Salamander Trust and activist colleagues around the world responded to a new video campaign about peri-natal HIV transmission, created by the UNAIDS communications department, entitled ‘Believe It. Do It’.4 The campaign, whilst well-intentioned, presented an overly simplistic view of the issues and did not raise awareness of – or address – the immense challenges facing women when receiving an HIV positive diagnosis, often during pregnancy. Our concern was that the campaign might inadvertently indicate that if women transmit HIV to their babies it is their fault for being careless and irresponsible – a view sometimes held by healthcare workers as well as other sectors of society. We wrote an open letter to the ministers of health attending the World Health Assembly, Geneva, entitled ‘In HIV prevention, protect the mothers: A message to the World Health Assembly 2012’. This letter was published in RH Reality Check, available at: http://rhrealitycheck.org/article/2012/05/22/let-them-eat-cake-enablingmothers-to-protect-their-babies-from-hiv/ We also entered into dialogue with UNAIDS Executive Director Michel Sidibé (see below). June 2012 The presentation ‘To testing and treatment through hope and rights’ is available at: www.unaids. org/en/media/unaids/ contentassets/documents/ pcb/2012/20120612_ Alice_Welbourn_ presentation.pdf

The UNAIDS PCB, which meets every six months, held its summer meeting in Geneva. The thematic session this time was on ‘Combination Prevention: Addressing the urgent need to reinvigorate HIV prevention responses globally by scaling up and achieving synergies to halt and begin to reverse the spread of the AIDS epidemic’. Salamander Trust was invited to give a presentation on scaling up of the Stepping Stones programme, reflecting on its long-running and wide-spread effectiveness. Salamander Trust collaborated with Luisa Orza and others in the UK Consortium on AIDS and International Development in preparation for the London Family Planning Summit, which took place in July. July 2012

‘Raise the bar’ is available at: http://aidsconsortium. org.uk/wp-content/ uploads/2012/10/Raisethe-Bar-final.pdf Integrating our efforts to raIse the bar for women’s health through: rights, access investment, security, equity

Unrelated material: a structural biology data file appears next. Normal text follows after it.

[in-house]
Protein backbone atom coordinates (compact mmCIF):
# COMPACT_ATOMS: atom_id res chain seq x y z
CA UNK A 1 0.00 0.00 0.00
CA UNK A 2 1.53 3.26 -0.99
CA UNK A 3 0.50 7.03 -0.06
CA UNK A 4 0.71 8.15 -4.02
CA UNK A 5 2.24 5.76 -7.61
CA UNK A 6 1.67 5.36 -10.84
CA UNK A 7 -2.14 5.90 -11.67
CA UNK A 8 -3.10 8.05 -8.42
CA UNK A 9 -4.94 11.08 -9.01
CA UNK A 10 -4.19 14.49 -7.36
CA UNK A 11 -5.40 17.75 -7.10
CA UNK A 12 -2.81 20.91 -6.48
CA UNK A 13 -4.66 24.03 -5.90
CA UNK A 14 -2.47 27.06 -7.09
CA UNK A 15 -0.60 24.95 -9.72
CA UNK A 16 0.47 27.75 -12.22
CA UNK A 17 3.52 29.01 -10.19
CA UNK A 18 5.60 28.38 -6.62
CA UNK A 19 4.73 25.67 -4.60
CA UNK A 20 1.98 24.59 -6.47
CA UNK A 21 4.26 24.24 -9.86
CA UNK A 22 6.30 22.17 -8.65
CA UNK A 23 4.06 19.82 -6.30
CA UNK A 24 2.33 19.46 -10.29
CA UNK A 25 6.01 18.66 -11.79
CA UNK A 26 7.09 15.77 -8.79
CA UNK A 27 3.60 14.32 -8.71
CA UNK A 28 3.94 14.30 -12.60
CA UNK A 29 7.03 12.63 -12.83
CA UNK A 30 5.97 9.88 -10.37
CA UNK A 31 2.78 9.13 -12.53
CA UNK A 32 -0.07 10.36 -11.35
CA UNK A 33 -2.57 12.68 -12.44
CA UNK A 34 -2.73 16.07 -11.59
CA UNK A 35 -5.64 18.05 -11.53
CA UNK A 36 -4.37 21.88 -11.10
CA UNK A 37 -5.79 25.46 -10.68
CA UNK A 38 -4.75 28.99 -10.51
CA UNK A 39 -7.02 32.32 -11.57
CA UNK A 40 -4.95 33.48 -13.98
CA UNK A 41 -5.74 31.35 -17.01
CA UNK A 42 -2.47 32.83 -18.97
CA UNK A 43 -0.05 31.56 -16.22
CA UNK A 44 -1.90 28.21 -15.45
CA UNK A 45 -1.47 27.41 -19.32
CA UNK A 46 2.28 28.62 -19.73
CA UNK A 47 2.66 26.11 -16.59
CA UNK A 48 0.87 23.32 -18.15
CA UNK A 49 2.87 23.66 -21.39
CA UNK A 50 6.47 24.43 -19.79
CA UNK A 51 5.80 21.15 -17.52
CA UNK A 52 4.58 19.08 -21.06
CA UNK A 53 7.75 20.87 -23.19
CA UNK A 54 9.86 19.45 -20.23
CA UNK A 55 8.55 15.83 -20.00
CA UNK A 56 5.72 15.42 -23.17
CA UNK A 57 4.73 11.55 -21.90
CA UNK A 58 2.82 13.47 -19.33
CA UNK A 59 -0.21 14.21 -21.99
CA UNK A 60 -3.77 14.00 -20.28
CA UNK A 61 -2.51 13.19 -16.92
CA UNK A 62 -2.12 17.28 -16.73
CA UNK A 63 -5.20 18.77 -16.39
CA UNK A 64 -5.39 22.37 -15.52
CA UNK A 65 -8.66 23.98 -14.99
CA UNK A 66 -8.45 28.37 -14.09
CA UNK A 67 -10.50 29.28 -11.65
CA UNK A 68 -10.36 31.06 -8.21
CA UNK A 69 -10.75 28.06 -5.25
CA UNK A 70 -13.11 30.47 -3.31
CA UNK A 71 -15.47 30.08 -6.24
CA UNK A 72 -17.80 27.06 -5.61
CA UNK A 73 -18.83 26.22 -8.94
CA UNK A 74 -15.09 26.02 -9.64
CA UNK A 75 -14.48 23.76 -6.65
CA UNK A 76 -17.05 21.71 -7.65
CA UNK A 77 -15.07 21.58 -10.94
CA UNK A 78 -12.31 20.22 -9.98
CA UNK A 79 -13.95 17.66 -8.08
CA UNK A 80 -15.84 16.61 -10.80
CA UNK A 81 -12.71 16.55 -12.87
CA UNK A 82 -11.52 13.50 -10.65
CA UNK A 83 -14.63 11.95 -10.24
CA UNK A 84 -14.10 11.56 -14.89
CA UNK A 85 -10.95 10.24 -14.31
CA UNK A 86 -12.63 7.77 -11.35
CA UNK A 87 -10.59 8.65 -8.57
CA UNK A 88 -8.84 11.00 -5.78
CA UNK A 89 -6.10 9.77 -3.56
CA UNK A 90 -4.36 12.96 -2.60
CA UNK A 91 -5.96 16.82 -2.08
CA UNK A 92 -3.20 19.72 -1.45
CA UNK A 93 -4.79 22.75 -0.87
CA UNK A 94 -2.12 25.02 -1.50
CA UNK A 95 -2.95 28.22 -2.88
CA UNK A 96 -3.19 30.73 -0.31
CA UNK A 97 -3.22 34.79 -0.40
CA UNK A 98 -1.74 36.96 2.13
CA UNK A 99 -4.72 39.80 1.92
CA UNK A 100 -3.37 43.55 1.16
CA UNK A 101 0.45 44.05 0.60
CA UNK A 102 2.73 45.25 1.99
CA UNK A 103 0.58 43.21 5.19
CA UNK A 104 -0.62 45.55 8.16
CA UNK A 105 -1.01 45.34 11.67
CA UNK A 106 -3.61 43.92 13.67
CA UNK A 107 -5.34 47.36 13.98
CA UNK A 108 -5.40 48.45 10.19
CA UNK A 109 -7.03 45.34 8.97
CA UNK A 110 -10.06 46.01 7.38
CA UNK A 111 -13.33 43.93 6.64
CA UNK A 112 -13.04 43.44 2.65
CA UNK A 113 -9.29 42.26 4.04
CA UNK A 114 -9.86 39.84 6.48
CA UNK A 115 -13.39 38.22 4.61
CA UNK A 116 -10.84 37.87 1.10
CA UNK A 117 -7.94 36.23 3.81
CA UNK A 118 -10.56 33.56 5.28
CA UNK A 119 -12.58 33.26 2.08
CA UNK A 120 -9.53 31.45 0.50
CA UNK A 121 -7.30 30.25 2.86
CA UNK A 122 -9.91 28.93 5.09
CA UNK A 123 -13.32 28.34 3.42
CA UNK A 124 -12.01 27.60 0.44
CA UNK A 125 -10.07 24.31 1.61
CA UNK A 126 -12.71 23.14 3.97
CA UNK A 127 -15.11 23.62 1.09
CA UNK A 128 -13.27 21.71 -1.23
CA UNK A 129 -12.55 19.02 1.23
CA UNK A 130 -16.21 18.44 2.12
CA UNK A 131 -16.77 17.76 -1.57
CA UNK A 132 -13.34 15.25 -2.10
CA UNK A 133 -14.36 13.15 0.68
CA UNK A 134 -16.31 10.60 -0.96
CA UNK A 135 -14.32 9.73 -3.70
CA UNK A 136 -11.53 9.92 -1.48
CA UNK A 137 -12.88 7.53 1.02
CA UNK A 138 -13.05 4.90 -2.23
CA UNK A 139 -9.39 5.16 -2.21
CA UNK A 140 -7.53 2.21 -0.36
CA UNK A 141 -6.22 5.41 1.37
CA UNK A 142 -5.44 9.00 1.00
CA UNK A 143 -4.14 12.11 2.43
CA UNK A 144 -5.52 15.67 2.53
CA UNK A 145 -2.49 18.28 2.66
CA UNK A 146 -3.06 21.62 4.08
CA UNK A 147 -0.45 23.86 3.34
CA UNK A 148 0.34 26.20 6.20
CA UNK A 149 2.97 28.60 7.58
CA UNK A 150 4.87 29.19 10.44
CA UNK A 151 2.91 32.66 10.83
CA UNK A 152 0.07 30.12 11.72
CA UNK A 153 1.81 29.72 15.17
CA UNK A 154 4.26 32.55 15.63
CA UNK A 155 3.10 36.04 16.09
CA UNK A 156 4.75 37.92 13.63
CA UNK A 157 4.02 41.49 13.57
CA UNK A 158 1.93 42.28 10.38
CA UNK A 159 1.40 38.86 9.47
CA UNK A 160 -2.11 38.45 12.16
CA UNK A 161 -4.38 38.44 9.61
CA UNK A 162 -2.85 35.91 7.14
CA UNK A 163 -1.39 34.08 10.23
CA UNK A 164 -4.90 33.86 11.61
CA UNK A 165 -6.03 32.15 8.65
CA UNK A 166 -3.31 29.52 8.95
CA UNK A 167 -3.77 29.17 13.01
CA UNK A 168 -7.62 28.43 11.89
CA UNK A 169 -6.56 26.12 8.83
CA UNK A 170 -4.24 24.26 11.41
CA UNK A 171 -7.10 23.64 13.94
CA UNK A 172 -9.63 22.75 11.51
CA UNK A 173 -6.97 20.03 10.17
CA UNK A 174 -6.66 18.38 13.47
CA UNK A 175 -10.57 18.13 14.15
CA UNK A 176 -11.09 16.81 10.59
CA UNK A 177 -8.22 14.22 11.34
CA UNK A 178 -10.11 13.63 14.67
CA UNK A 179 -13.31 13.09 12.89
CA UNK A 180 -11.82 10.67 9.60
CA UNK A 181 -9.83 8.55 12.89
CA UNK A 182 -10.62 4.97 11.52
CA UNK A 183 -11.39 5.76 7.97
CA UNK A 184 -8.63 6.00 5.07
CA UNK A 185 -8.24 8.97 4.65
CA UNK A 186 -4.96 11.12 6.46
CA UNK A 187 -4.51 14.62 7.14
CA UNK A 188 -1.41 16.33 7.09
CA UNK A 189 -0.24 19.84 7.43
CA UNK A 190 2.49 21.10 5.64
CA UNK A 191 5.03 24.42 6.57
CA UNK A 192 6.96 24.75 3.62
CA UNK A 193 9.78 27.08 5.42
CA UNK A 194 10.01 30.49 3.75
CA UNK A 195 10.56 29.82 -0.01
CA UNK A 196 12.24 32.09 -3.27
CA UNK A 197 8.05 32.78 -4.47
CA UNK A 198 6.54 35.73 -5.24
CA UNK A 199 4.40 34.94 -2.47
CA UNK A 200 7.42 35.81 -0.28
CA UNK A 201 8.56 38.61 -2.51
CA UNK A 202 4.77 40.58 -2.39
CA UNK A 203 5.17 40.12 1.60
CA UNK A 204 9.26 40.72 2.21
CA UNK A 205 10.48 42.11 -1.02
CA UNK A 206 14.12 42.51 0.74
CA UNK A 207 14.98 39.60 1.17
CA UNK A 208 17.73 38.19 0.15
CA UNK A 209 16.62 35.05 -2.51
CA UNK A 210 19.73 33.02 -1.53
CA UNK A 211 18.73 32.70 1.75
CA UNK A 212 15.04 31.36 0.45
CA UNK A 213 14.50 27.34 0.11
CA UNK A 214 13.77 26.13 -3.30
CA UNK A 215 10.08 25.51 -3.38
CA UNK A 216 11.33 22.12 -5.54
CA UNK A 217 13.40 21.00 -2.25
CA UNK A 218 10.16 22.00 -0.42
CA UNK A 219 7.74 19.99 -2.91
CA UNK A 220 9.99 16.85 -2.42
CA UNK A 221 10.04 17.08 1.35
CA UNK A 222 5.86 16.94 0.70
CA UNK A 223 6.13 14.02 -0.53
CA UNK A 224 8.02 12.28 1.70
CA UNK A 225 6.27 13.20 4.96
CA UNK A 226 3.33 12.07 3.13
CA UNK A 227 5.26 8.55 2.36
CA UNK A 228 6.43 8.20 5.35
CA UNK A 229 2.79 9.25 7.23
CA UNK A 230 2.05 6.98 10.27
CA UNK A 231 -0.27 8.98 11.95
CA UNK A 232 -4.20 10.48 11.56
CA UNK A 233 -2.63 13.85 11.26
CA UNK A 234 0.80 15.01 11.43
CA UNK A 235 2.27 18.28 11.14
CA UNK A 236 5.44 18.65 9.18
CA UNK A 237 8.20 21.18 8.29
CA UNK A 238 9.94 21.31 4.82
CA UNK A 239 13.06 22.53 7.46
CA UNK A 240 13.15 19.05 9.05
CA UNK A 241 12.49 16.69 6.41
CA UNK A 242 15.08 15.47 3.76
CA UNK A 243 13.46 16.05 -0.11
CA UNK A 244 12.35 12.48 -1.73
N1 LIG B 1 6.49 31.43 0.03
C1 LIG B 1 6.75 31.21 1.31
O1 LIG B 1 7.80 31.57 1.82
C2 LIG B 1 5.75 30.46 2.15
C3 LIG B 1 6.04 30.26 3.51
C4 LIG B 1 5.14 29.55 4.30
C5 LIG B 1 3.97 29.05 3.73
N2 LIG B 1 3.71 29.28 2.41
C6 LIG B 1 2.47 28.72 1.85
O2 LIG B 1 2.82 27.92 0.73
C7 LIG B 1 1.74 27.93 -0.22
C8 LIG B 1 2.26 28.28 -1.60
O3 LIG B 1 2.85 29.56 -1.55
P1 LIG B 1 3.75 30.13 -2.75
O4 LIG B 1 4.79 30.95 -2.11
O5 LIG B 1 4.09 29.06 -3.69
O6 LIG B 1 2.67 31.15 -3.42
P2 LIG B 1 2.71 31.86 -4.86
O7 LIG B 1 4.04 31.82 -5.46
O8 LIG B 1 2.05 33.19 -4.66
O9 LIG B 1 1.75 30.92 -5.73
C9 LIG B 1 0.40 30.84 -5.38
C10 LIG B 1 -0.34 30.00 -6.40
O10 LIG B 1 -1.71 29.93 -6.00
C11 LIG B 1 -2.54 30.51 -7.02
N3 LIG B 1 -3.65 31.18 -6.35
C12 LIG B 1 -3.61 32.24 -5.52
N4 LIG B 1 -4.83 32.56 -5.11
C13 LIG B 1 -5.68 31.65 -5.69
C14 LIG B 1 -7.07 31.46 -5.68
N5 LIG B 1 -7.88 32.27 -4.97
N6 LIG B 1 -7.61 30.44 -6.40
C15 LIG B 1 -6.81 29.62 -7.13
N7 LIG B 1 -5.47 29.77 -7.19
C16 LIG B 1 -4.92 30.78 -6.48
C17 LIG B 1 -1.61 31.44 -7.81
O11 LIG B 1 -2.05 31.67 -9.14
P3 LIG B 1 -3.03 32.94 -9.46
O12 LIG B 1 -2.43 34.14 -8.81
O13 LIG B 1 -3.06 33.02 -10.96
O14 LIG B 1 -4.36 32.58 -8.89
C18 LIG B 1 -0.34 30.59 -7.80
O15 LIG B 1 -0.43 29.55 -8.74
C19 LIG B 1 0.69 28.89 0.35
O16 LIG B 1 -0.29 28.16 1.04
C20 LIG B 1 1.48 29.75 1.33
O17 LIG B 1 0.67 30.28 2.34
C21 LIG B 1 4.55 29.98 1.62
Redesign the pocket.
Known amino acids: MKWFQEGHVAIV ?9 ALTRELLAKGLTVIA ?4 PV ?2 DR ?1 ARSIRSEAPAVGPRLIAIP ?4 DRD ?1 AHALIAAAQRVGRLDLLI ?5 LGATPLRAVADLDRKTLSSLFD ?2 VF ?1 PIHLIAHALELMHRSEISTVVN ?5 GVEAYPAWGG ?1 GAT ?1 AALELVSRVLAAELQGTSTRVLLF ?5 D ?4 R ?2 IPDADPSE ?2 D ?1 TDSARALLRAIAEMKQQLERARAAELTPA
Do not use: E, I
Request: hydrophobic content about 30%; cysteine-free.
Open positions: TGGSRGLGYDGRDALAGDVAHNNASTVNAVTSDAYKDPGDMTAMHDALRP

5 starting blocks to success for donors, governments and civil society


respect, protect and promote the sexual and reproductive rights of women and girls in all of their diversity and throughout their lives.


Overcome structural, legal and cultural barriers to accessing family planning, sexual and reproductive health and HIV services.


Invest in quality family planning, sexual and reproductive health and HIV services, integrating these when possible; and partnership with networks and coalitions of women living with HIV and other women most affected by HIV.


Protect and ensure the safety and security of women and girls.


Guarantee all people have full equity in accessing quality family planning, sexual and reproductive health and HIV services.

The global HIV response represents one of the clearest demonstrations of the ability of the international community to unite and deliver results that have improved the health of millions of people around the world. Currently, we have an unprecedented opportunity to end AIDS in a generation. There is great political momentum and promise to achieve this through the 2011 Political Declaration on HIV/AIDS, UNAIDS Strategic Investment Framework for the Global HIV Response, the Global Plan Towards The Elimination Of New HIV Infections Among Children By 2015 And Keeping Their Mothers Alive, and through the reform of the Global Fund to Fight AIDS, Tuberculosis and Malaria. Addressing the need for family planning is integral to achieving Millennium Development Goal (MDG) 6, especially in ensuring dual protection for the prevention of unintended pregnancy and HIV transmission, including vertical transmission; and also directly contributes to the achievement of MDGs 3, 4 and 5. ”Women and men, including those living with HIV and AIDS, need access to a comprehensive range of affordable and quality information, services and supplies that will empower them to make informed reproductive health choices. Choices that will protect their right to health and prevent infection of HIV and other STIs, to have the number of children they desire at the timing of their choice, as well as access safe abortion services if needed.” Stephen O’Brien, Parliamentary Undersecretary of State, Department for International Development, UK Government

”This Summit presents a remarkable opportunity to put the rights of women, people living with HIV and vulnerable communities at the centre of the international development agenda. The Summit’s support to civil society and recognition of communities’ role in addressing barriers for contraceptive access and innovative service delivery is very much welcomed.” Pamela Nash, Chair of the All Party Parliamentary Group on HIV and AIDS The London Family Planning summit, 11 July 2012, constitutes a welcome and timely recognition of the unmet need for family planning throughout the world. We applaud this initiative, and we urge the UK Coalition Government, the Bill & Melinda Gates Foundation, and the governments and civil society representatives of participating countries to:


Ensure that efforts to reduce unmet need and desires for family planning are equitable, voluntary, womencentred, rights-based and inclusive.


Take into account the linkages between family planning and other sexual and reproductive health and rights issues, including HIV; gender-based violence; the high rates of morbidity and mortality related to unsafe and illegal abortion; and other poverty-related diseases.